Inspiration is a lie. A lie musicians often tell ourselves to feel better about not practicing. “Oh, I can’t play today, I’m just not inspired”. Alternatively, it’s a lie we tell ourselves to make us feel better. “I was so inspired yesterday I played for like, 3 hours man.”
Inspiration is a lie. To rely on inspiration will mean that we won’t get better. And, I don’t just mean as guitarists – I mean this for all aspects of our lives.
So then, if inspiration is a lie, what should we rely on?
You already know the answer of course, but most of us don’t like the answer. Truth be told, we need discipline more than we need the abstract reliability if something as fleeting as inspiration.
Inspiration can strike at the weirdest times. The drummer who wakes up at 3 am can’t go play out a new fill he dreamed of because he will upset his neighbors and housemates.
Inspiration can be bought. We buy a new piece of gear and suddenly we’re alive. We think of all sorts of new ideas. New riffs, phrases of effects. We build songs around our new toy. For a week or two that is, until it’s just another pedal sitting on the shelf.
One thing that inspiration cannot do is be called on at will.
Greatness might inspire us, but inspiration alone will not lead us to greatness. If you want to be great you need, more than anything else, discipline.
You cannot reply on your practice to come from inspiration. You must make it a habit. Once you are in the habit of daily practice, you will be well on your way to taking control of your progress.
You might have a long day at work or school and be tired. You may not be progressing at a pace you thought you would. We all get frustrated, and inspiration and frustration do not make good bedfellows.
But, if your practice is a habit, if you flex your discipline muscle, then none of those things will stop you. If you are not inspired, play scales, play through your songs, force yourself to write a verse or a chorus. If you are inspired, then let that add to what you are already doing.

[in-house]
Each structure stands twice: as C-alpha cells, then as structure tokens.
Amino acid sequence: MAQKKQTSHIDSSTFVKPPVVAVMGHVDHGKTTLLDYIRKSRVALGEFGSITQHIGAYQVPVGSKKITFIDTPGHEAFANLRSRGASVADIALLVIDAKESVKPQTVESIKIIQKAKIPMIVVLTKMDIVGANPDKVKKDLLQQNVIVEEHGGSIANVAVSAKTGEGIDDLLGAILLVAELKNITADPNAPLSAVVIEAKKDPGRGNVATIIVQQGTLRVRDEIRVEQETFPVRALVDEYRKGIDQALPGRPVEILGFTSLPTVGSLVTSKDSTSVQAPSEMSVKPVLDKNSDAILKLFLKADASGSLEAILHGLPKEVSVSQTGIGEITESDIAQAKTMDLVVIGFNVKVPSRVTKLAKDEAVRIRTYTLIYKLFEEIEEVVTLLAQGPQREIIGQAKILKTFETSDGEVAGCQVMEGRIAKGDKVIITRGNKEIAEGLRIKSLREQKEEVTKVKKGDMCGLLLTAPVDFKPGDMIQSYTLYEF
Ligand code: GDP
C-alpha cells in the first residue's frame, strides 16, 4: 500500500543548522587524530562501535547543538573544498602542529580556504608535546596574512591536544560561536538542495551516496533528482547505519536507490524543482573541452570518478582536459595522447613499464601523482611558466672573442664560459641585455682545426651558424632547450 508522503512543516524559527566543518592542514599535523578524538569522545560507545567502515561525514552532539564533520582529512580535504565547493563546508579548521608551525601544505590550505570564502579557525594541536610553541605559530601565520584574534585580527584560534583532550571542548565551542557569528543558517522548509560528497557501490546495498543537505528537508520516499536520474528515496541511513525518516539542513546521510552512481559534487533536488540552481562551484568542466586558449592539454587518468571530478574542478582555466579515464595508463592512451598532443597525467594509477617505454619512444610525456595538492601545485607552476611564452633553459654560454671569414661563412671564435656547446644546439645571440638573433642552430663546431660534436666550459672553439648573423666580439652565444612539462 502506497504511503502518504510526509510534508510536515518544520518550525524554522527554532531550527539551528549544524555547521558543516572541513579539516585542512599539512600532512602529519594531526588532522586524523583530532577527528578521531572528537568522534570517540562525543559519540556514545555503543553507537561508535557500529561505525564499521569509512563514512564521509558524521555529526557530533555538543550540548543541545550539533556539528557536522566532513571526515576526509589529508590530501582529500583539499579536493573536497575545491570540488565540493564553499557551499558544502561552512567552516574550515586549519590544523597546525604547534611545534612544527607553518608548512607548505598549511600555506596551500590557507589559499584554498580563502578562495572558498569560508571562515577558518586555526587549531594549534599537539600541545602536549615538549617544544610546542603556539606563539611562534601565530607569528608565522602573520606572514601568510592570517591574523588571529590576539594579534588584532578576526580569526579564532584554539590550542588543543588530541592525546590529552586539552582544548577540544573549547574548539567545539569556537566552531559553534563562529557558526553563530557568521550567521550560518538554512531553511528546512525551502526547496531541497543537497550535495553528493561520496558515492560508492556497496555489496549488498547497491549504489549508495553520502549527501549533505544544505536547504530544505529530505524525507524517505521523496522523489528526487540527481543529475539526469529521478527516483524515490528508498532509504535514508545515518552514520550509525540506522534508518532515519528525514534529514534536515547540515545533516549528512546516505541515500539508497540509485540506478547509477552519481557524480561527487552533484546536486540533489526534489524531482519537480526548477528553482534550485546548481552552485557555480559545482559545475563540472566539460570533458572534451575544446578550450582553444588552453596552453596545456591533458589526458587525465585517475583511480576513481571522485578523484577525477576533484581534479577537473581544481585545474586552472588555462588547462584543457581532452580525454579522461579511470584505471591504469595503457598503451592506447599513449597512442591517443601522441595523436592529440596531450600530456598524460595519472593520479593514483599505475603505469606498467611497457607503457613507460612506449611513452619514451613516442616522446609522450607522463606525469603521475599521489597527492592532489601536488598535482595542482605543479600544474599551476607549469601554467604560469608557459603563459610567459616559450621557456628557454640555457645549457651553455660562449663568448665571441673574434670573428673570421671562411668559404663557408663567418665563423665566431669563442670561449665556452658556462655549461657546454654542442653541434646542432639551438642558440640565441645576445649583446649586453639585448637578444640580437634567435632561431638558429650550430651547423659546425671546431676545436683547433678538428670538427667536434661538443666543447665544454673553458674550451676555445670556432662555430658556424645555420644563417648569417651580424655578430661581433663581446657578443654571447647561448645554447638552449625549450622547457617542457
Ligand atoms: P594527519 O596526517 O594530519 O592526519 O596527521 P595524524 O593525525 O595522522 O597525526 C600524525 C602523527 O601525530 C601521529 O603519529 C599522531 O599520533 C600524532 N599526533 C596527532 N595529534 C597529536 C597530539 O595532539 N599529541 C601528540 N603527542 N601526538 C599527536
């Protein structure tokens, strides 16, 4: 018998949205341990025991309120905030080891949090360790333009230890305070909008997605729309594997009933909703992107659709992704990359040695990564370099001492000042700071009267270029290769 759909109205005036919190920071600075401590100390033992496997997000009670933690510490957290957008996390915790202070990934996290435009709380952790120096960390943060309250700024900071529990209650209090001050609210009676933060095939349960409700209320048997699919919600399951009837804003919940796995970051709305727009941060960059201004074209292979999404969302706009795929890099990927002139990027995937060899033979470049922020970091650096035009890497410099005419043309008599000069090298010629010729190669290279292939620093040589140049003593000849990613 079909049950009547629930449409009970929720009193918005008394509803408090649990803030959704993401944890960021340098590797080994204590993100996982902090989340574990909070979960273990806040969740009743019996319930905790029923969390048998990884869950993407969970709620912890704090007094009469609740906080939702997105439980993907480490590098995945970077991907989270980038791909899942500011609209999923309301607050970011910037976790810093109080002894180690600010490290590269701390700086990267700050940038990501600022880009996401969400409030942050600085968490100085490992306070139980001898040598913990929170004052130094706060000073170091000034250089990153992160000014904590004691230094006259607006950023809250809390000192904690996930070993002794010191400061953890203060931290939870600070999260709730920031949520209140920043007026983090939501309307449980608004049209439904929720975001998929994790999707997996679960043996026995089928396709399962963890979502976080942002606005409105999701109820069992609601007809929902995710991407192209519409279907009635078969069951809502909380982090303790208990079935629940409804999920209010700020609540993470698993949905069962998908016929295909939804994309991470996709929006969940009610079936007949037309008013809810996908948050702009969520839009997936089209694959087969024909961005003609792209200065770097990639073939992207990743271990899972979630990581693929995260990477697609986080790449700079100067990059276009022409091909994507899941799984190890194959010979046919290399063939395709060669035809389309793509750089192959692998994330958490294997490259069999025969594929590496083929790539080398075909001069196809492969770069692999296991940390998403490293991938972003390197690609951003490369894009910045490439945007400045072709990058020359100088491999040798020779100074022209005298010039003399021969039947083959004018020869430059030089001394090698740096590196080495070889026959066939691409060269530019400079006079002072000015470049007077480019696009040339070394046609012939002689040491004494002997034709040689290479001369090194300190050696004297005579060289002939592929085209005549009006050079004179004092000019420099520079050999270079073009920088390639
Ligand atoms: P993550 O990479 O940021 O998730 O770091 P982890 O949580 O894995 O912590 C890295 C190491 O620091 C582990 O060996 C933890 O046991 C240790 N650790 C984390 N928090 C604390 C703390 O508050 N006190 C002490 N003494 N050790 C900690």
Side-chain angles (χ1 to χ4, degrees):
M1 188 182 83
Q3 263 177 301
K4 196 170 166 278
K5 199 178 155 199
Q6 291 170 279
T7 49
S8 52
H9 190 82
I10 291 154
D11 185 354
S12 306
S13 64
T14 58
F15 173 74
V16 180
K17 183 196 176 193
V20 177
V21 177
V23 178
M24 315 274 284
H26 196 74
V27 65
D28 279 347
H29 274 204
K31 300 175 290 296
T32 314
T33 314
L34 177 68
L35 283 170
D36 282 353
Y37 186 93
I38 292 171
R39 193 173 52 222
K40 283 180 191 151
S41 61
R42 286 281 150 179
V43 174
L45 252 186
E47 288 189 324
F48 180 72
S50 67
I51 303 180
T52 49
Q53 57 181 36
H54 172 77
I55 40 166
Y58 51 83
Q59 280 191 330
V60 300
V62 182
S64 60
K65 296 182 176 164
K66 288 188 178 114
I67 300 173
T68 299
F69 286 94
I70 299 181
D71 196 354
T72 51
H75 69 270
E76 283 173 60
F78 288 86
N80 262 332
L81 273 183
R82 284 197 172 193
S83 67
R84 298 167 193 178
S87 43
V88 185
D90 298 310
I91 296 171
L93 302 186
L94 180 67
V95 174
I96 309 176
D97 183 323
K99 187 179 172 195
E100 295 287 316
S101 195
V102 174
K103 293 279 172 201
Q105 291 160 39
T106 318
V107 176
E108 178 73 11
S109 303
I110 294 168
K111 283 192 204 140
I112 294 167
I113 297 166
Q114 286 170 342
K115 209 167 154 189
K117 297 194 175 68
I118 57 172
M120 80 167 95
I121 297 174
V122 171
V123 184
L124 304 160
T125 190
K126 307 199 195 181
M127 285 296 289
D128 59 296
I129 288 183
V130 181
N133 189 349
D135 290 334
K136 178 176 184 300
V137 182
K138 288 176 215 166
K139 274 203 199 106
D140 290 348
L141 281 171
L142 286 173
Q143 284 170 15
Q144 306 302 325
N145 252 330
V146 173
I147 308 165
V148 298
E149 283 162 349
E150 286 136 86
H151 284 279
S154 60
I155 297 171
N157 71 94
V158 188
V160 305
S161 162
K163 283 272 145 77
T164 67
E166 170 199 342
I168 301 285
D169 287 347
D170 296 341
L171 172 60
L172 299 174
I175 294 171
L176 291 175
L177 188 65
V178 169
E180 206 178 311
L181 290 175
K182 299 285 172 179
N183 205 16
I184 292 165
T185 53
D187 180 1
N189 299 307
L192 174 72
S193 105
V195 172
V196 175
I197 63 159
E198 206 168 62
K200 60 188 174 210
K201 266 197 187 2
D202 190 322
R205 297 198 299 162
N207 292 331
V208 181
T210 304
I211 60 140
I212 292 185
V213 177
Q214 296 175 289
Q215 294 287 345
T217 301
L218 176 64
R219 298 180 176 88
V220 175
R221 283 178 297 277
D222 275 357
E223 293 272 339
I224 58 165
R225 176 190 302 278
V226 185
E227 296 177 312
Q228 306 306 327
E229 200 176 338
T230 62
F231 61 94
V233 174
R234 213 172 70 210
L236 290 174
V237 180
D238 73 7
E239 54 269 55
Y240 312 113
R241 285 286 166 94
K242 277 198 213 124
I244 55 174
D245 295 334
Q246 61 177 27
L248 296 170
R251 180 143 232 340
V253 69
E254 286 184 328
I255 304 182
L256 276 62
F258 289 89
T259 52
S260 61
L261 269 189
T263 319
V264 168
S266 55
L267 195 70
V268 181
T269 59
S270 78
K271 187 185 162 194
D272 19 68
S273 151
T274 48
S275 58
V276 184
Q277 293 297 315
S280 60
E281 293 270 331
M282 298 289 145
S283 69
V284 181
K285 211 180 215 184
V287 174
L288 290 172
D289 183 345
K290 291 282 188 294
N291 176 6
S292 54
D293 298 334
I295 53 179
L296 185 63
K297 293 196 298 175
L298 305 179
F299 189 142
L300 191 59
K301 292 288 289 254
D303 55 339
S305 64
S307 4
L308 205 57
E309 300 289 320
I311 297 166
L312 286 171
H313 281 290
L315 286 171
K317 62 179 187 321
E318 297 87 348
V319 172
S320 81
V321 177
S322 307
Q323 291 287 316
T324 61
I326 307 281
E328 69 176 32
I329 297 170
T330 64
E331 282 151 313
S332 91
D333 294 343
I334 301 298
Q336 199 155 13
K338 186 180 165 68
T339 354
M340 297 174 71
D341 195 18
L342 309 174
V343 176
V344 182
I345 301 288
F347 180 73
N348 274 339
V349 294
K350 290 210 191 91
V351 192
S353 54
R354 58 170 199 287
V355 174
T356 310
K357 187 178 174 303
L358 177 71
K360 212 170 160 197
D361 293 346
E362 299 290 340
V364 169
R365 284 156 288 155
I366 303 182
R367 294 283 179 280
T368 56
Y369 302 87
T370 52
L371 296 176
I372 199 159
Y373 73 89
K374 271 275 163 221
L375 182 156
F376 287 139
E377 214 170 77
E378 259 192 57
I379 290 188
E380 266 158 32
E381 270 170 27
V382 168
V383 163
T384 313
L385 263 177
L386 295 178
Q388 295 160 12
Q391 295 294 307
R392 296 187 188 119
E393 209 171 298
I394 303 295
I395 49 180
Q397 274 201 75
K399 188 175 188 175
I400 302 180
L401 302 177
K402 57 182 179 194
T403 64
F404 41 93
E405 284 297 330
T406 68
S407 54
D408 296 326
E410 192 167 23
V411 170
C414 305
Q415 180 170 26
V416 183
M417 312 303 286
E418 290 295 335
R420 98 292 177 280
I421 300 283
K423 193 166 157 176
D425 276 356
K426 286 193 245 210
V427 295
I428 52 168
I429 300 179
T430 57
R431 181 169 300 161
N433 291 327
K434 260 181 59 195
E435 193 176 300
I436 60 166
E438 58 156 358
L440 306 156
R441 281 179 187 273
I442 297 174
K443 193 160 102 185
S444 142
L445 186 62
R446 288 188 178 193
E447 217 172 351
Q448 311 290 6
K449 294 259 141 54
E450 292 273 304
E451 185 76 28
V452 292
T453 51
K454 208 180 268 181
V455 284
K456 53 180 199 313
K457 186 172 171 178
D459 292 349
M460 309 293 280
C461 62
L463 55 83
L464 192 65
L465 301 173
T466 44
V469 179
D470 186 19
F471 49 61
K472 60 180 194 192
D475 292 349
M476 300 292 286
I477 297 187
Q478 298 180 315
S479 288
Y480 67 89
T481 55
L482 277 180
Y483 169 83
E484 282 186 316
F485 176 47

The 3 R’s of Habit Change
James Clear speaks about the 3 R’s of Habit Change. In this, he talks about how every habit you have — good or bad — follows the same 3–step pattern.
Reminder (the trigger that initiates the behavior)
Routine (the behavior itself; the action you take)
Reward (the benefit you gain from doing the behavior)
So, let’s take this and apply it to learning an instrument. We want to get you into the habit of playing daily. After 21 days you will have your habit formed, and your playing will improve because of it.
The human capacity to remember things is fairly bad. How often have you heard people tell stories of them going to the shops to buy milk, then coming home with bags of groceries but no milk? Has it ever happened to you?
And if you’re tired, we can conveniently “forget” to practice. So, to counter this, set an alarm on your phone. Set an alarm for the time of day you are most likely to practice. If this changes every day, then have multiple alarms.
The act of turning off an alarm will make it harder to ignore that voice in your head telling you to play.
This is the act of actually picking up your instrument and playing. Try and have set goals when you practice. Just strumming along to a few songs isn’t as helpful as playing one song over and over until it’s perfect. If you want some advice on how to structure your practice sessions in order to be using your time to the fullest, drop me a mail and I’ll send you a free guide.
But having said that, at the end of the day, for now, all that matters is that you actually play.
Make it fun, but also make sure you play a few scales and techniques. Also, for the love of timing, use a metronome. It is your best friend. You know, the kind of friend who tells you that shirt makes you look fat or that your hairdo isn’t really cool. It’s that honest friend that we all need.
For some habits the reward is instant. That is why drug users become addicts. For musicians, the reward will take a bit more time. And that is where disciple becomes your best friend.
But, let’s be clear. If you play something for 21 days, and you record yourself on day one, then re-record yourself on day 21 – there will be marked improvement.
Inspiration is a lie. But, if you can funnel your inspiration into something more, like into a habit of playing, then you will be unstoppable.